It may not be an opera by the usual definitions, but “opera” is such an omnium-gatherum term in any case, we might as well file it there. File—so that we can find it again—not pigeonhole—because Cion wanders all over the map.
All the parts entertain: dancing, singing, acrobatics, recital of poetry, mimes of ritual, powerful singing, faintly humorous references to Ravel’s Bolero, which has the honor of having inspired choreographer and chief creator Gregory Maqoma to produce this highly physical meditation on the interaction of African, European and American societies. The work runs about an hour, the activity is sometimes dizzying, sometimes gracious, at a ritual pace, and it ends just about when the mind begins to totter from the overload of wonderful images—not a moment too late or too soon.
Only one of the piece’s many movements summons a performance of Bolero, by the way. The others are drummed (to the Bolero rhythm and to others) or sung. The music is not credited to one creator, but arose—Maqoma said during a talk-back—from the performers themselves while the piece was under construction in a South African a cappella style called Isicathamiya, arranged and put in logical form by Nhlanhla Mahlangu.
The sounds recall spirituals, folk songs of many traditions, choral religious rituals, the “click”-language of southern African tribes. The harmonies are consoling. The voices of the four singers—who also double as instrumentalists (on megaphone and harmonica, among other things)—create dignified commentary background to the highly physical dancing.
We are urged (by the ushers) to read the libretto before the performance begins. There are just three pages of it; mostly simple phrases, repeated, varied, harmonized, enacted—so don’t worry if you forget to read it.
There are only two long speeches and one of those is declaimed in English: a female dancer lures, then resists, then flirts with a male dancer, and while this erotic pas de deux takes place, she utters—to us, not to him—a chilling fable about an old woman going from house to house “teaching” women not to love their children, because they will come to some terrible death, or merely because they will leave. And while she is declaiming these horrors, she smiles and flirts and dances athletically with Doloki, the Designated Mourner, the brilliant dancer, actor, ritualist Otto Andile Nhlapo, who inhabits as many personas as a figure of mourning must.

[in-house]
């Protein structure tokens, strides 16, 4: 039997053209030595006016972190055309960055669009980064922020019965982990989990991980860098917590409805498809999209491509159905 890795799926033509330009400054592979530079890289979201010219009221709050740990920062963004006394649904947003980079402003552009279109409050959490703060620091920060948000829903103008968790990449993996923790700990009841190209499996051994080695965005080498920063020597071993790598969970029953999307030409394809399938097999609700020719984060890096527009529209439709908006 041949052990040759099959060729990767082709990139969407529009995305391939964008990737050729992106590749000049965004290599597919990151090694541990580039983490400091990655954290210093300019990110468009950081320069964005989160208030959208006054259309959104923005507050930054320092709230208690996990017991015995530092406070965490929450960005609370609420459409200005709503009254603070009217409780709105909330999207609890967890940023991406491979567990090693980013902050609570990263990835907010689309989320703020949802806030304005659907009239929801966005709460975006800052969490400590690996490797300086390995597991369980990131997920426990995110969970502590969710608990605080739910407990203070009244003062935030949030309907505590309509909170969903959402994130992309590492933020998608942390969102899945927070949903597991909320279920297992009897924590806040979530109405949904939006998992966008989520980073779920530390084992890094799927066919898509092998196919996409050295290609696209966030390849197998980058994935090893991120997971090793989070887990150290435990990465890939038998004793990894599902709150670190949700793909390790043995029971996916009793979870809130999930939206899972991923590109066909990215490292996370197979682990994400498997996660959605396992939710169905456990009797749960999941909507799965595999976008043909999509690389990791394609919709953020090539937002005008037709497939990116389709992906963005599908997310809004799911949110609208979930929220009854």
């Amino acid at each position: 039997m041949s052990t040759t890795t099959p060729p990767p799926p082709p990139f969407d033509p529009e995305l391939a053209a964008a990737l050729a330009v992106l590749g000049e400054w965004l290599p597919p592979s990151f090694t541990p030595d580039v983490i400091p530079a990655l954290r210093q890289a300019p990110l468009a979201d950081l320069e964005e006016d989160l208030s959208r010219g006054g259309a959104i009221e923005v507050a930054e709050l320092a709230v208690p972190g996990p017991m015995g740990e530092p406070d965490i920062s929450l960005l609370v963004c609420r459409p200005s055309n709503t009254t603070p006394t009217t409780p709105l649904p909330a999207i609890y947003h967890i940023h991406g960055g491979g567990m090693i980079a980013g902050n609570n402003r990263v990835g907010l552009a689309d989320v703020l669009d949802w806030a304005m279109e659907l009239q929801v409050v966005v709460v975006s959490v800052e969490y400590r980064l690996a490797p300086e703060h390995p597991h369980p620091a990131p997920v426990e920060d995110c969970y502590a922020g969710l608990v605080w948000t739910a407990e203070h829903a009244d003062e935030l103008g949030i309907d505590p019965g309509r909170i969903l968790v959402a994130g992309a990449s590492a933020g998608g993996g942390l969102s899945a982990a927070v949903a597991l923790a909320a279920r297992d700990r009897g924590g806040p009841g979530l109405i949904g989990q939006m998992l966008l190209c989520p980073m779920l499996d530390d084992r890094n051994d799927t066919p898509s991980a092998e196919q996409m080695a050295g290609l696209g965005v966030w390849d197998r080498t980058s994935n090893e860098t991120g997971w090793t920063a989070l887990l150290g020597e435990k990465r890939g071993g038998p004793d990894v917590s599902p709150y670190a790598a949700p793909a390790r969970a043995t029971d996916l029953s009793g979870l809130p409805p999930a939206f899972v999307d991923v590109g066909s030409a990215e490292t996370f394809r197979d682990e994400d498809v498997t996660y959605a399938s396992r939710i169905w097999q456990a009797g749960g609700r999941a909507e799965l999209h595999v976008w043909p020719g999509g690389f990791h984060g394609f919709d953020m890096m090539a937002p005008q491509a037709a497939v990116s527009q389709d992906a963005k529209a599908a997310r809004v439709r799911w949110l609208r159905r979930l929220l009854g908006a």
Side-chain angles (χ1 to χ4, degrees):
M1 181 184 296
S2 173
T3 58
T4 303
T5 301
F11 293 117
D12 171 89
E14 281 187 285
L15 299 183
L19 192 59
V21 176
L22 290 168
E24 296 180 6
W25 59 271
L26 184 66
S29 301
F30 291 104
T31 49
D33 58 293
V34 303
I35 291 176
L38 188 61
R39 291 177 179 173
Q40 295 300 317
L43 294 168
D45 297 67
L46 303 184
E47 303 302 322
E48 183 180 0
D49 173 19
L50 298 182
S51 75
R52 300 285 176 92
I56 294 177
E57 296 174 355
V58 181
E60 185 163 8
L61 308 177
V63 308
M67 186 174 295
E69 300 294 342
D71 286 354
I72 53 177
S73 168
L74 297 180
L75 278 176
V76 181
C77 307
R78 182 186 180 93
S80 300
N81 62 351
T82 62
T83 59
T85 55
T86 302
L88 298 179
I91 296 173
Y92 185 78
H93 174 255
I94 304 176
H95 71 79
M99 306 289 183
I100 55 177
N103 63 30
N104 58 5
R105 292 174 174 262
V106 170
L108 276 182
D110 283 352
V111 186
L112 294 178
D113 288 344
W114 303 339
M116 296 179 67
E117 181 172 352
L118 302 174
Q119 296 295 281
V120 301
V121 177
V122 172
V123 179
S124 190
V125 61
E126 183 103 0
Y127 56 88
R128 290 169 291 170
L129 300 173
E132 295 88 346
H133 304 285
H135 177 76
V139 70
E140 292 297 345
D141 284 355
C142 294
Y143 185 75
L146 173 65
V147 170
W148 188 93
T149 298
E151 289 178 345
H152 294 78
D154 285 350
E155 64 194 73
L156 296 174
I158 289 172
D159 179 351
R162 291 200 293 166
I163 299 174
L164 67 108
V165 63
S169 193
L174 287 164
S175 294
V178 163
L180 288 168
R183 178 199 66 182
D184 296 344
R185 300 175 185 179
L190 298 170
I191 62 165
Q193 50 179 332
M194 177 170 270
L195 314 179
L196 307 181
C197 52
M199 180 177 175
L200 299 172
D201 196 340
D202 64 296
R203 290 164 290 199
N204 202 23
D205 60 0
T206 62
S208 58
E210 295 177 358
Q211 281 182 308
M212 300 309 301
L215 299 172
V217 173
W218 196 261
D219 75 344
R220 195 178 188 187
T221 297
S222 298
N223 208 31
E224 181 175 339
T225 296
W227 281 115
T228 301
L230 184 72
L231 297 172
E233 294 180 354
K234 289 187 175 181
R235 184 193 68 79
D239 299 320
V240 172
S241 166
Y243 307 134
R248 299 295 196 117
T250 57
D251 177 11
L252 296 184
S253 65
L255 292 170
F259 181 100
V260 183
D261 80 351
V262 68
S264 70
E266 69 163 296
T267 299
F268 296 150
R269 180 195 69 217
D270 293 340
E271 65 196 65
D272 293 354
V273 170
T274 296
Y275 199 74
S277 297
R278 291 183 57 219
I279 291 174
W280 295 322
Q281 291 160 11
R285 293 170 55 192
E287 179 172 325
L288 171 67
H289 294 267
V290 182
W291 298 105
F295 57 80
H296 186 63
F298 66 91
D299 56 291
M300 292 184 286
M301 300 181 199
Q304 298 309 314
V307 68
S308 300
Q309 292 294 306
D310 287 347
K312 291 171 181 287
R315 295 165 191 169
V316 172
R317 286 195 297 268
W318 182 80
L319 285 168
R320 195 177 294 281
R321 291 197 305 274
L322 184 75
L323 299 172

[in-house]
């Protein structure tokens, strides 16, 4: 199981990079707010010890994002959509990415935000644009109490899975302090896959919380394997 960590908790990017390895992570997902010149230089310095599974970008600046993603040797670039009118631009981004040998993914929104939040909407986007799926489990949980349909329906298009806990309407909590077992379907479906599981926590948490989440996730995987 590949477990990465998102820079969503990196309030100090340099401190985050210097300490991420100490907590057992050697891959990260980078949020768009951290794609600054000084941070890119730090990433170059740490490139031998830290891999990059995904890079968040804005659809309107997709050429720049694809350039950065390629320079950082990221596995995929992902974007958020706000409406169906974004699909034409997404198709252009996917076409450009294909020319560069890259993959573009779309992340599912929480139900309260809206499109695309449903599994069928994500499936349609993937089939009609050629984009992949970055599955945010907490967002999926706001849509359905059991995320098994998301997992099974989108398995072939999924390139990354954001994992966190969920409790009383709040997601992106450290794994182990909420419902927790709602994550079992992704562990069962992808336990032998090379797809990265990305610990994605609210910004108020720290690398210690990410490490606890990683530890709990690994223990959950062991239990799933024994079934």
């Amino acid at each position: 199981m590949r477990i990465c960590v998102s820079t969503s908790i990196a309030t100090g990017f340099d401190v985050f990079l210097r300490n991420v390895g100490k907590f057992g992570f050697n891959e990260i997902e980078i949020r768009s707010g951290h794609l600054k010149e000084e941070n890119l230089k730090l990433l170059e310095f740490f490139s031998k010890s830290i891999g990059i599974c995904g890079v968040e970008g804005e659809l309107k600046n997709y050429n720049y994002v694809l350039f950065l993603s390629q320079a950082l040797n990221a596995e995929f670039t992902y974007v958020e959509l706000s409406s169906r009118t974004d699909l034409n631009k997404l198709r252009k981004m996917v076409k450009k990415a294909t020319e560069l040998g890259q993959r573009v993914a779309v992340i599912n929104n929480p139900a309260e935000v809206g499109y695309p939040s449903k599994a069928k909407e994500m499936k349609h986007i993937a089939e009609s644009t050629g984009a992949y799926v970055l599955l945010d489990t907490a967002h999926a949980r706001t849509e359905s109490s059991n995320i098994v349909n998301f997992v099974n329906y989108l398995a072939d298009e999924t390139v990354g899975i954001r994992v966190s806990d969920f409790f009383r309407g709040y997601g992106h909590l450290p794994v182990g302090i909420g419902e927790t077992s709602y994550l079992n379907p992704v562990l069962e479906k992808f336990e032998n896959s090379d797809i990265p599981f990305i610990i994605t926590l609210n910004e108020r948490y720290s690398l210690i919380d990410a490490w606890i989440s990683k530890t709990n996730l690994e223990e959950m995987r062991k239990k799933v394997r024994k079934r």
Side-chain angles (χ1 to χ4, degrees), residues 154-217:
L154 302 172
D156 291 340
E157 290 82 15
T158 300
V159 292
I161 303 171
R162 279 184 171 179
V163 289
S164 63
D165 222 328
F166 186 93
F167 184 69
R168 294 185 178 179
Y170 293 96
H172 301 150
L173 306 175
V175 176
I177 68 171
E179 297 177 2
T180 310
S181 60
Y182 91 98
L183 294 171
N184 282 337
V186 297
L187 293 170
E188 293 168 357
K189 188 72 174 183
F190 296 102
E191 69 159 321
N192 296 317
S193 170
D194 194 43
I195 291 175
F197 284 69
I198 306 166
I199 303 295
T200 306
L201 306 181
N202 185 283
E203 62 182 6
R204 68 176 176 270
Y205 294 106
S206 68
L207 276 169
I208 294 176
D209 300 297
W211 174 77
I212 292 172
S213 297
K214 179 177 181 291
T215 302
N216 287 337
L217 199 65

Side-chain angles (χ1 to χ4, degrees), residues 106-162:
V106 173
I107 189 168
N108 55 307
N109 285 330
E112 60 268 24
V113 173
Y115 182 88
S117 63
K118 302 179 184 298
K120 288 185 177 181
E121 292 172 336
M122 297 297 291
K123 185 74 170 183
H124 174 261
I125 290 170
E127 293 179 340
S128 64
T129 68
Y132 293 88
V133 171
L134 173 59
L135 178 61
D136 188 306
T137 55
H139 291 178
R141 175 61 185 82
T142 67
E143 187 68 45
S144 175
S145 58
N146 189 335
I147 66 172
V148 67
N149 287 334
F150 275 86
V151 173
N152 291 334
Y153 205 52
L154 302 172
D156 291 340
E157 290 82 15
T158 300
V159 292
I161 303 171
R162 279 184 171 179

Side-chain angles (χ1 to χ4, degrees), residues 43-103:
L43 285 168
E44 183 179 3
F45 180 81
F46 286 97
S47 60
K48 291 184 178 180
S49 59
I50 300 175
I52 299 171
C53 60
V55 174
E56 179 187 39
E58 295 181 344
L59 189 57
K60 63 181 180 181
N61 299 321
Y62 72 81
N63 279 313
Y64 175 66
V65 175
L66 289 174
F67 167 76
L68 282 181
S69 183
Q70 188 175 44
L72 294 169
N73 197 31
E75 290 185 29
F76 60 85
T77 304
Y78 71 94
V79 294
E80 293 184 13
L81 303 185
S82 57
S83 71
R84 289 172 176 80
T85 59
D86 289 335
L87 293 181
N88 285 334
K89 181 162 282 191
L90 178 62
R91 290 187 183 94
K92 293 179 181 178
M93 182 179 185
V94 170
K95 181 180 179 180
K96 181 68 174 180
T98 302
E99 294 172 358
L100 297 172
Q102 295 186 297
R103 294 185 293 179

There is a tale of sorts here, loosely derived from the novels (notably one called Cion) of Zakes Mda, a South African who dwells (and professes) in Ohio, where he has encountered the WIN people (sic), a mélange of White (Irish), Indian and Negro who have blended the haphazard remnants of their three distinct cultures. An earlier Mda novel described Doloki, a man who moved among the townships of Apartheid and post-Apartheid South Africa, taking upon himself (for payment) the duties of mourning for those slaughtered and unmourned so that their societies could learn grief and expiation. A bit like Dead Souls.
It was a surprise to Mda to learn that many societies around the world actually make use of hired mourners; South Africa not being one of them. But the era when Apartheid was overthrown, thirty years ago, proved particularly violent and disordered and in need of ways of relating to the many suddenly dead. In his novel Cion, Mda sends his Mourner to live in Ohio. There isn’t much focused narrative in the opera, and the novel may be similarly episodic.
On the stage, in what appears to be a sort of cemetery (from the many crosses around the stage), a single figure crosses before us, whining and gabbling, clearly in emotional distress. The lament is for a death, but whose? We never learn. It could be for many deaths, a family’s death, even a genocide.
Maqoma claims a wish to mourn not only those who were enslaved and done to death in Africa and in the New World but also those without a grave or a memorial, the forgotten ones who died on the ships or were thrown overboard. He believes those spirits hover still, and await the mourning of those who may never have known them. That makes this, in a sense, a version of Sophocles’ Antigone.
No single person emerges to be mourned. A figure is exalted to be hailed by white gloves balled into stones. Others seem to morph in mid-dance-step into baying hounds or hyenas; they surround, assault, bring down a woman and devour her.
The religious position in a procession, the lead or follow position in a ritual, the amorous position in loving, the horror or the bloodthirst or the regret or the extinction comes suddenly abruptly upon the dancers in mid-step or collision, and the music may be subtle and appropriate or blaring and physical.
We may invent our own pictures for it: the snare drum of the armies that tore Africa apart, the ever more emphatic taps of strangely veiled and skirted processions who might be orishas of death or widows in eternal, implacable procession, a single mourner capturing the individual horrors or a crowd exploiting, reviling, dramatizing, vanishing.
It is art to express the inexpressible anguish, a gentle art but with the power of some dazzling dancing whirling in front of us to depict the terrible grieving behind it.
Photo by by Siphosihle Mkhwanazi.